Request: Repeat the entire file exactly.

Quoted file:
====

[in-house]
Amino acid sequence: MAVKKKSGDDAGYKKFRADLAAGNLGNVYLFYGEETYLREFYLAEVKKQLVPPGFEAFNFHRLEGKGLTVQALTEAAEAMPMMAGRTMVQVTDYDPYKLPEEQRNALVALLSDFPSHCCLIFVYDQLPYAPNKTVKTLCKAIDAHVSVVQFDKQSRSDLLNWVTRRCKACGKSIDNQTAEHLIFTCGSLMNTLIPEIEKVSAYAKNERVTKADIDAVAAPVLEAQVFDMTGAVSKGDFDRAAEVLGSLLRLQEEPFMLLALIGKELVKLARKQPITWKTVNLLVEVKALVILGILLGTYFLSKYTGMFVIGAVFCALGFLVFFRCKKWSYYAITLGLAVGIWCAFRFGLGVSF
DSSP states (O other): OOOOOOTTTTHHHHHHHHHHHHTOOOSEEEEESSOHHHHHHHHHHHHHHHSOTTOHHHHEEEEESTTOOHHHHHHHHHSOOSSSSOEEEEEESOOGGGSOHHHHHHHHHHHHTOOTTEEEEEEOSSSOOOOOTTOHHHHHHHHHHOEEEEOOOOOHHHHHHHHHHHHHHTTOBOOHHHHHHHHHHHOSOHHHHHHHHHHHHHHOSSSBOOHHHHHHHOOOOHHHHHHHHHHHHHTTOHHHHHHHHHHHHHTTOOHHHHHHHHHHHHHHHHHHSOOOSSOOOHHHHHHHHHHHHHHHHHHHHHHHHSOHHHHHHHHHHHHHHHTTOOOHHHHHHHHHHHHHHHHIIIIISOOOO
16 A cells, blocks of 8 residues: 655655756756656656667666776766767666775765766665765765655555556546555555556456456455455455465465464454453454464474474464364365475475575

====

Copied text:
[in-house]
Amino acid sequence: MAVKKKSGDDAGYKKFRADLAAGNLGNVYLFYGEETYLREFYLAEVKKQLVPPGFEAFNFHRLEGKGLTVQALTEAAEAMPMMAGRTMVQVTDYDPYKLPEEQRNALVALLSDFPSHCCLIFVYDQLPYAPNKTVKTLCKAIDAHVSVVQFDKQSRSDLLNWVTRRCKACGKSIDNQTAEHLIFTCGSLMNTLIPEIEKVSAYAKNERVTKADIDAVAAPVLEAQVFDMTGAVSKGDFDRAAEVLGSLLRLQEEPFMLLALIGKELVKLARKQPITWKTVNLLVEVKALVILGILLGTYFLSKYTGMFVIGAVFCALGFLVFFRCKKWSYYAITLGLAVGIWCAFRFGLGVSF
DSSP states (O other): OOOOOOTTTTHHHHHHHHHHHHTOOOSEEEEESSOHHHHHHHHHHHHHHHSOTTOHHHHEEEEESTTOOHHHHHHHHHSOOSSSSOEEEEEESOOGGGSOHHHHHHHHHHHHTOOTTEEEEEEOSSSOOOOOTTOHHHHHHHHHHOEEEEOOOOOHHHHHHHHHHHHHHTTOBOOHHHHHHHHHHHOSOHHHHHHHHHHHHHHOSSSBOOHHHHHHHOOOOHHHHHHHHHHHHHTTOHHHHHHHHHHHHHTTOOHHHHHHHHHHHHHHHHHHSOOOSSOOOHHHHHHHHHHHHHHHHHHHHHHHHSOHHHHHHHHHHHHHHHTTOOOHHHHHHHHHHHHHHHHIIIIISOOOO
16 A cells, blocks of 8 residues: 655655756756656656667666776766767666775765766665765765655555556546555555556456456455455455465465464454453454464474474464364365475475575